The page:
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Re: Scales, hair, integumentary structure relationships?
A few years back they found a mutant chicken with teeth in its beak -
Really? Can you give us a source for that?
I don't know about just finding them, but chicks can be stimulated to
produce teeth in the jaw without too much trouble, if the correct
protein triggers are provided. The basic genetic background is
apparently still in place.
Some birds (hoatzin, african touraco, the ostrich?) seem to have
re-evolved claws, using the genes already present in their genome
No, most extant birds have small claws on one or two fingers per wing.
Check out the next chicken or turkey on your table!
Well, I'd still say he's correct on the hoatzin: the juvenile state in
that taxon clearly has fingers that are more separated, and more
strongly clawed (not to mention consistently clawed) than the usual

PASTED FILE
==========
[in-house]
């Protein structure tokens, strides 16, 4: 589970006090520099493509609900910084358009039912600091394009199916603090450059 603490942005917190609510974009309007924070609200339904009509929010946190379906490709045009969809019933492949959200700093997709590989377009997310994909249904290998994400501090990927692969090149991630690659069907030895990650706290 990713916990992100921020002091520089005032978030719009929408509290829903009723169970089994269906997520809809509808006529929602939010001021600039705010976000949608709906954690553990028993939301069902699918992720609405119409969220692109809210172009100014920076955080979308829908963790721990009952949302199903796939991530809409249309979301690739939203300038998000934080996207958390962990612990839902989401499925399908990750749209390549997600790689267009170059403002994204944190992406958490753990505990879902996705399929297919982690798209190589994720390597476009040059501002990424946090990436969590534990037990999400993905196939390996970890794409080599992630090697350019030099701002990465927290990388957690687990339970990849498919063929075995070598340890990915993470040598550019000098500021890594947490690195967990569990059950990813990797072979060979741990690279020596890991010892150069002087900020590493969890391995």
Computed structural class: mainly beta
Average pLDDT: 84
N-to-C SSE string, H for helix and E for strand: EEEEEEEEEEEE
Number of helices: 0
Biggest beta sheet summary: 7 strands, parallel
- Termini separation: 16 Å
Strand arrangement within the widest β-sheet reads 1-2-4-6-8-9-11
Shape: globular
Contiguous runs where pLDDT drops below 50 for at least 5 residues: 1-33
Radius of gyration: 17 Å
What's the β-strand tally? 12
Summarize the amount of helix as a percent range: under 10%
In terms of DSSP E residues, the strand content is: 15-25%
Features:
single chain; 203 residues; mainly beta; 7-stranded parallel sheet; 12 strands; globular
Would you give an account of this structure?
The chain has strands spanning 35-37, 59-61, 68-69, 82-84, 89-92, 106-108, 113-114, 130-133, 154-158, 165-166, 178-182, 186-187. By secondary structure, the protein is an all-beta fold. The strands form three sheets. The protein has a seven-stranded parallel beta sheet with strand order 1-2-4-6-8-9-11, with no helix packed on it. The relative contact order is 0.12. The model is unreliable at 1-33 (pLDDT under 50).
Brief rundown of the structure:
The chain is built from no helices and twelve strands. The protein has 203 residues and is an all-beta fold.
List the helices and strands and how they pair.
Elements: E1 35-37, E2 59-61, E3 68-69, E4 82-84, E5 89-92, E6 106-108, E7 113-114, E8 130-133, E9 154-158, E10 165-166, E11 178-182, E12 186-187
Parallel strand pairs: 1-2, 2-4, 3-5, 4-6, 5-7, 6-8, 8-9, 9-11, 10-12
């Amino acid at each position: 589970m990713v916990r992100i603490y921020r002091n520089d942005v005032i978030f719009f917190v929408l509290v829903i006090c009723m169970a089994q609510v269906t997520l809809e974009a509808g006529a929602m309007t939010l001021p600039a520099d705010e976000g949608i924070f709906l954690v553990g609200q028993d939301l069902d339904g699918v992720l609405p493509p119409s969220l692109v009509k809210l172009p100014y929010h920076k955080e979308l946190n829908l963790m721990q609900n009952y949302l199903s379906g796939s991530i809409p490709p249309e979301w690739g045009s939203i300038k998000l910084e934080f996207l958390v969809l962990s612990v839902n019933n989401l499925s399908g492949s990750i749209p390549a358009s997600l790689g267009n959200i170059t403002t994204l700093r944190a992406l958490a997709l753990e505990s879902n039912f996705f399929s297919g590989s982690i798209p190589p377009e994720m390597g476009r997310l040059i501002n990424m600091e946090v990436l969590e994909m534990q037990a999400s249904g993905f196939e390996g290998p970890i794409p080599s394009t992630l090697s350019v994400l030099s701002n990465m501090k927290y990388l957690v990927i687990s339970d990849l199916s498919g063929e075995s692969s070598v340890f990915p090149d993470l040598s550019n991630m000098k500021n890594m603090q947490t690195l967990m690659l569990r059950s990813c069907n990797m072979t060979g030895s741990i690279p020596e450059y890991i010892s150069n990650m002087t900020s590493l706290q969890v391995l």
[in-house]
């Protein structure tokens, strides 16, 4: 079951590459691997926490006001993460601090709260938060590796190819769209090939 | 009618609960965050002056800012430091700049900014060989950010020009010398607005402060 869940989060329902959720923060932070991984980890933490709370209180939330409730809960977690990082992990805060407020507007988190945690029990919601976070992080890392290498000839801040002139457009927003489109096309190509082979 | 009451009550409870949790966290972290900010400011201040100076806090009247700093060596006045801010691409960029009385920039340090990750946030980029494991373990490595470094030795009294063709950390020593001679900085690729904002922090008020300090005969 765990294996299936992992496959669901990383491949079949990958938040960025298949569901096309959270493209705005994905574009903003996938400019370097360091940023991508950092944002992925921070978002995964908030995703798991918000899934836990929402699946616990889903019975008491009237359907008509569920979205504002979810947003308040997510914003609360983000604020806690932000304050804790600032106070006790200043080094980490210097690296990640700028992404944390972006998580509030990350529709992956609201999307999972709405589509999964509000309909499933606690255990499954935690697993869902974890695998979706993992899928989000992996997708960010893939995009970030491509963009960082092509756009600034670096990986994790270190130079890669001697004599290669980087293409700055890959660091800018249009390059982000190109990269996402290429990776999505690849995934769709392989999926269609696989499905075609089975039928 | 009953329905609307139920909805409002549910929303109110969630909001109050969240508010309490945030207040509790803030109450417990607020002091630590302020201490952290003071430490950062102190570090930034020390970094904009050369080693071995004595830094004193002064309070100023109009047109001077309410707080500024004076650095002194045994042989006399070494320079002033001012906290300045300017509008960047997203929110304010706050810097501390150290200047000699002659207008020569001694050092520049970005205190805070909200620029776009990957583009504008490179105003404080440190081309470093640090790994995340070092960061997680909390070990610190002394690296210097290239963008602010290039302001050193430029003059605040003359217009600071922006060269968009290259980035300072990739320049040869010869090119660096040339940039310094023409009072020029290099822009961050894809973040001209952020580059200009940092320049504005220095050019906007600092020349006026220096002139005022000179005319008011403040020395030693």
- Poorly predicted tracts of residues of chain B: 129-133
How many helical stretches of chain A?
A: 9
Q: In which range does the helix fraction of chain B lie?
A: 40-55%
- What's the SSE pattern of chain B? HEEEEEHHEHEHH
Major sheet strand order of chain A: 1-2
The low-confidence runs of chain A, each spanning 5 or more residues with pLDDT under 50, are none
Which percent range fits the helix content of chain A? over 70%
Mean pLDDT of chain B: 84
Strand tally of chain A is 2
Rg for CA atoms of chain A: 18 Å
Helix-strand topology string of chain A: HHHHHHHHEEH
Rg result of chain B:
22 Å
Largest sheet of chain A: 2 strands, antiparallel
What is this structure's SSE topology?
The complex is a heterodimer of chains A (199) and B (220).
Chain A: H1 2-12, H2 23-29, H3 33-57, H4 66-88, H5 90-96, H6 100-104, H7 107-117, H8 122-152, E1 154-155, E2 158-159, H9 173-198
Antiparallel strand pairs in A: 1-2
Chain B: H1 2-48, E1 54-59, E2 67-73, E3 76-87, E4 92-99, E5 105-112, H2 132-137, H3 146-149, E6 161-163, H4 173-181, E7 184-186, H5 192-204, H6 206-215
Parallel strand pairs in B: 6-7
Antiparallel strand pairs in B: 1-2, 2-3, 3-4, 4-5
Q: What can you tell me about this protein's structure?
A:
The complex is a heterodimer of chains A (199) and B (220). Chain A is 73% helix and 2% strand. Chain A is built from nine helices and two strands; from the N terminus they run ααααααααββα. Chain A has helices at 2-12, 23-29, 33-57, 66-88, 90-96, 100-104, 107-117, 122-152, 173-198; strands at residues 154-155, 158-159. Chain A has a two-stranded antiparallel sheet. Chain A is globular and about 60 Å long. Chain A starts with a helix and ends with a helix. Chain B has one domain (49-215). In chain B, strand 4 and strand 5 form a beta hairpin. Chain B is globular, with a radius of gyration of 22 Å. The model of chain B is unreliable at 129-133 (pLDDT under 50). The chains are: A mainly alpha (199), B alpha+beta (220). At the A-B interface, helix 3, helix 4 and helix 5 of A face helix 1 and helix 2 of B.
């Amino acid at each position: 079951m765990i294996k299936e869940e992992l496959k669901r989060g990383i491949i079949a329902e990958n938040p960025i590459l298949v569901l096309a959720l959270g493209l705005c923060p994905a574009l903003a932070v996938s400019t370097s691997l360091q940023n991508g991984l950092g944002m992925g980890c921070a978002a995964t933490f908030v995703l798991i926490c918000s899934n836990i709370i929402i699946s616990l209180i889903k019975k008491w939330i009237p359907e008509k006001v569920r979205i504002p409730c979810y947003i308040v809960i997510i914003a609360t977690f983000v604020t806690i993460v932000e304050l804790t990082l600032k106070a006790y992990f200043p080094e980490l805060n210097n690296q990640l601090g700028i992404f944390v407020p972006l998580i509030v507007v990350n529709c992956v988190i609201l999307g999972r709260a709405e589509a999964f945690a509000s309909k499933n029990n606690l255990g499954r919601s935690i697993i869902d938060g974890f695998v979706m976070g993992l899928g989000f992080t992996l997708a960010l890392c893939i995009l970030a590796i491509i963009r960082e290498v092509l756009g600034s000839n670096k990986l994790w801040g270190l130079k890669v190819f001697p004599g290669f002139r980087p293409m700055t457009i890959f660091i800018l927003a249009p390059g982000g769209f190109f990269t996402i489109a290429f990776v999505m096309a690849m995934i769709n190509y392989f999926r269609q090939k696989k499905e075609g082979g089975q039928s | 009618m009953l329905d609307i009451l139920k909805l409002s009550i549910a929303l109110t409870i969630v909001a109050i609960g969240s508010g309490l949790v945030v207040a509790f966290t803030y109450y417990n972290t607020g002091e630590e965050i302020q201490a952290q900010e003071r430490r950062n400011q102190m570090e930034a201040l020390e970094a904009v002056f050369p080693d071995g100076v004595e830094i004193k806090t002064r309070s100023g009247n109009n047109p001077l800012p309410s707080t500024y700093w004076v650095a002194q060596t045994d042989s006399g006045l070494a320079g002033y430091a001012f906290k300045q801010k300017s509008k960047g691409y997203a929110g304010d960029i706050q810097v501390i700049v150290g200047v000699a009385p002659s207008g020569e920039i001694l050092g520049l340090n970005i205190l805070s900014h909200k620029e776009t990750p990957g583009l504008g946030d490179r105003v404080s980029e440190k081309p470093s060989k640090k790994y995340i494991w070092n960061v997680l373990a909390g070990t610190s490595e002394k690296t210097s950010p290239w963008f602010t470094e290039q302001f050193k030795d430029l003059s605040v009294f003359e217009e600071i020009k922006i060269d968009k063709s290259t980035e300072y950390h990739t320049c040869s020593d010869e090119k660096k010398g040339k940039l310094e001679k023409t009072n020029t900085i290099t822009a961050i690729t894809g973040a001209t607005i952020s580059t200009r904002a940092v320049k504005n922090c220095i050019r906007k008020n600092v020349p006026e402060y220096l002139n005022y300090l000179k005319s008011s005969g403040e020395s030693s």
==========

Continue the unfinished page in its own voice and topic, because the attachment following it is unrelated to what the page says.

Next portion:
condition we see in crown group birds. Of course, this is partly
turning on gene switches, and partially related to delay of
I'm also a bit intrigued by your qualification of "most" - when I did
some quick reference searches on clawed modern birds, a few groups came
up regularly (swifts, for example), but it's hardly the "norm" in most
groups. It would seem to be a reasonably common, yet fairly
stochastic, effect. Do you have a more recent citation that
Michael Habib, M.S.
Center for Functional Anatomy and Evolution
Johns Hopkins School of Medicine
1830 E. Monument Street
Baltimore, MD 21205
(443) 280 0181